First, let’s change the color with color overlay. I’m going to make this row of beads look golden, so I’m going to start with a warm golden brown base (#d28a00).
To give the beads shape, I generally play around with bevel and emboss, inner shadow, inner glow and drop shadow until I come up with an effect I like. For this example, I’ve just used these settings to give it a simple gold bead look.
When using this, you’ll want to keep in mind how big you want the beads to be, because the layer style changes drastically with the size of the brush. Using that same layer style with a 5 pixel wide brush only gives me a muddy brown line.
I have to adjust the layer style to get anything resembling beads when the brush is so small. You’ll also note that the beads in the 5 pixel wide brush line look like they’re closer together than the beads in the 20 pixel wide brush line; if you’re as picky as I am you may want to adjust the spacing every time you have a new shape.
With your brush created and your layer style made, all you have to do is draw your beads the way you want them. You can draw freehand, and I tend to use paths or shapes for this, to keep the lines nice and smooth or to be able to accurately go over the same area multiple times with different brushes; paths are well beyond the scope of this tutorial, however! (I used one of the default Photoshop shapes, set as a path, to create the sun symbol at the top of this post.)
In future Tiny Tutorials, I’ll build on this technique and show you the exact layer styles I use for sequins, metallic beads, rhinestones and pearls.
Welcome to my first Tiny Tutorial! In this series, I’ll show you some of the tricks and techniques I use to create my dolls and dresses. First, let’s draw some rosettes.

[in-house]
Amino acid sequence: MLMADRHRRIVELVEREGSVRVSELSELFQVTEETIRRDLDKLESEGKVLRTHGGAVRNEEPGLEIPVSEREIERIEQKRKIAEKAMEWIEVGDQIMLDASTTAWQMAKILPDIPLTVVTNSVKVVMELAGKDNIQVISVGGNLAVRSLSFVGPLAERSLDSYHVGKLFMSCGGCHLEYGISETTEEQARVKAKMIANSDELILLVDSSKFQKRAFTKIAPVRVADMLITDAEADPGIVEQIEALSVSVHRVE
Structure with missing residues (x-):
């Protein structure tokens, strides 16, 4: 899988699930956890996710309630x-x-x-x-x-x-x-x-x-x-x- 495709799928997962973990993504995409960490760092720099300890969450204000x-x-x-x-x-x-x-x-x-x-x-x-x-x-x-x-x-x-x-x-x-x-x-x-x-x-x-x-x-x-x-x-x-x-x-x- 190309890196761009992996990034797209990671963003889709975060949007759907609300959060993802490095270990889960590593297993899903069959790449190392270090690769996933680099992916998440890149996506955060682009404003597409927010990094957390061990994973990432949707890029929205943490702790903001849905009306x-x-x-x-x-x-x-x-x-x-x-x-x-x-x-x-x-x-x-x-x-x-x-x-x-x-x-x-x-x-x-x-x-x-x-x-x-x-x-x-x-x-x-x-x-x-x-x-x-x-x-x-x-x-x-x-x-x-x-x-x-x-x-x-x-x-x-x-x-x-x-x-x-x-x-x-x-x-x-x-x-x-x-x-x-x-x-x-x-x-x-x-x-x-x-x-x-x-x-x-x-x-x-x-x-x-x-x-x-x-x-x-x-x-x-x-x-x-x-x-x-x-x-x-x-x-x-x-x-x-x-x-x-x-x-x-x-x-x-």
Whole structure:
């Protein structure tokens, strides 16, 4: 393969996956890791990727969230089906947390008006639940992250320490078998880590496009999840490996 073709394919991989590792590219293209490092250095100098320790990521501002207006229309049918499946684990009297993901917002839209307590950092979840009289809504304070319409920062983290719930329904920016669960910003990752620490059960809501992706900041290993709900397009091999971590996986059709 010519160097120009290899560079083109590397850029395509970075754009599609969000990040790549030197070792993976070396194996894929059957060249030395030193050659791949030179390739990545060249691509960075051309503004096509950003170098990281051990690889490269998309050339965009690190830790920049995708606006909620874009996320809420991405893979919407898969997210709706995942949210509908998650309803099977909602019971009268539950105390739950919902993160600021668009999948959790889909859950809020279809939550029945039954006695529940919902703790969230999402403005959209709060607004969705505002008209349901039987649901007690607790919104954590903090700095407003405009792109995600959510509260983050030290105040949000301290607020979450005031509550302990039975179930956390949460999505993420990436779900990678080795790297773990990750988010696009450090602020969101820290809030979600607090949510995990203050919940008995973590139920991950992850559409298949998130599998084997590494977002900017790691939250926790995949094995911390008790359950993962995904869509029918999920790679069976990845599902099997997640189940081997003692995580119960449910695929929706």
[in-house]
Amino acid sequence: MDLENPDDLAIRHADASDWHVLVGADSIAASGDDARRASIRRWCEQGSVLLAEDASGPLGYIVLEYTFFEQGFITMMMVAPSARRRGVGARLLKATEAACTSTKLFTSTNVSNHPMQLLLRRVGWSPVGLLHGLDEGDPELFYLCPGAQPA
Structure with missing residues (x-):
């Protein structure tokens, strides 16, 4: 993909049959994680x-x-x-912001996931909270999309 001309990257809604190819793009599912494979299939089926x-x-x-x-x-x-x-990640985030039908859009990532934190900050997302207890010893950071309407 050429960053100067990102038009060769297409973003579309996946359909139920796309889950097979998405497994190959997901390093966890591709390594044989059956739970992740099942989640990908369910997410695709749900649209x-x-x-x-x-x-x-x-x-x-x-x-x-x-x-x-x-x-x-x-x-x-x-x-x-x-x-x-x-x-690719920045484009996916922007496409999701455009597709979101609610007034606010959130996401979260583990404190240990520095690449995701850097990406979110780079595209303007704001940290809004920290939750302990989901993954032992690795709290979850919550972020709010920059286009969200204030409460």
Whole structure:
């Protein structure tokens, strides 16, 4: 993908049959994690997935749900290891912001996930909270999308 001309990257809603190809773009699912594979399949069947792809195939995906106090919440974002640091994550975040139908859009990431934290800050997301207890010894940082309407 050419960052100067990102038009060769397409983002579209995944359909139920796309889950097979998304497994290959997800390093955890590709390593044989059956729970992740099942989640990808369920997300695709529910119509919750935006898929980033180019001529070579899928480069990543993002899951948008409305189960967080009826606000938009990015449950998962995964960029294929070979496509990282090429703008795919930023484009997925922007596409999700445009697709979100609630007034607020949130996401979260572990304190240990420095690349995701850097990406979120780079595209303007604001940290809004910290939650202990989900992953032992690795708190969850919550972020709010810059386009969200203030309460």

First off, let’s revisit the Broken Age cake dress from last Friday. The rosettes on the bodice and hem were meant to look like they were piped on with frosting, in the style of popular ombre rosette cakes. If you use Pinterest, I am quite sure you have scrolled past these cakes several times! The one I referenced was this purple specimen. The technique for drawing rosettes can be adapted for other things: look at these quinceañera gowns and this pink gown, isn’t it basically just a similar idea? It also makes a good border, especially since you can draw it quickly. It won’t look like a row of roses, but it doesn’t have to.
I did this with an iPad program, Procreate, that allows layers, so the guidelines are on a different layer than the finished drawing, and once I’m done I just delete that layer. You could mimic this by putting down guidelines with pencil and the actual rosette with pen, or wing it without guidelines.
To start, draw the guideline along which your rosettes will be placed, then decide on the size of your rosettes. For small ones, draw an olive: two circles, one smaller than the other. For large ones, draw a bullseye: three circles. Repeat the pattern so that the edges are just about touching. (Don’t worry about whether they overlap or not. These are just guidelines.)
Draw 5-6 curved lines within the smallest circle. Start the lines from a single point on the edge of the circle and end them on different parts of the edge of the circle. The finished lines will look like a seashell.
Starting with the inside line of the second circle, draw curved lines towards the outside of the circle. Unlike the previous rosette, you don’t want them to start on the same point: you might have two or three starting on the same point, but not all of them. You’ll want to draw the lines the opposite direction from the lines on the middle circle. They shouldn’t be all the same width, like a camera shutter.
Now you’ll go in and connect the areas that were left blank when you took away the guidelines. Start with the middle circle. If you’re doing three-circle rosettes, draw in the missing lines in the second circle too.
If you try out this style of drawing rosettes, I’d love to see the results. By and by I’d like to do some more in-depth tutorials about how I color and so on, but tutorials like these, where I isolate one part of my technique, are easier to do. If you can think of a technique I’ve used in a previous dress that you’d like to know about, post a comment and I’ll add it to my list of tutorial ideas!
Tiny Tutorial #2 will show you how I created the diadem from the recent ancient Greek peplos. As always, you can follow me on Facebook, Twitter and Pinterest for updates, paper doll related thoughts and pictures of 1910s gowns. If you enjoy my work, I’d also appreciate your support through Patreon.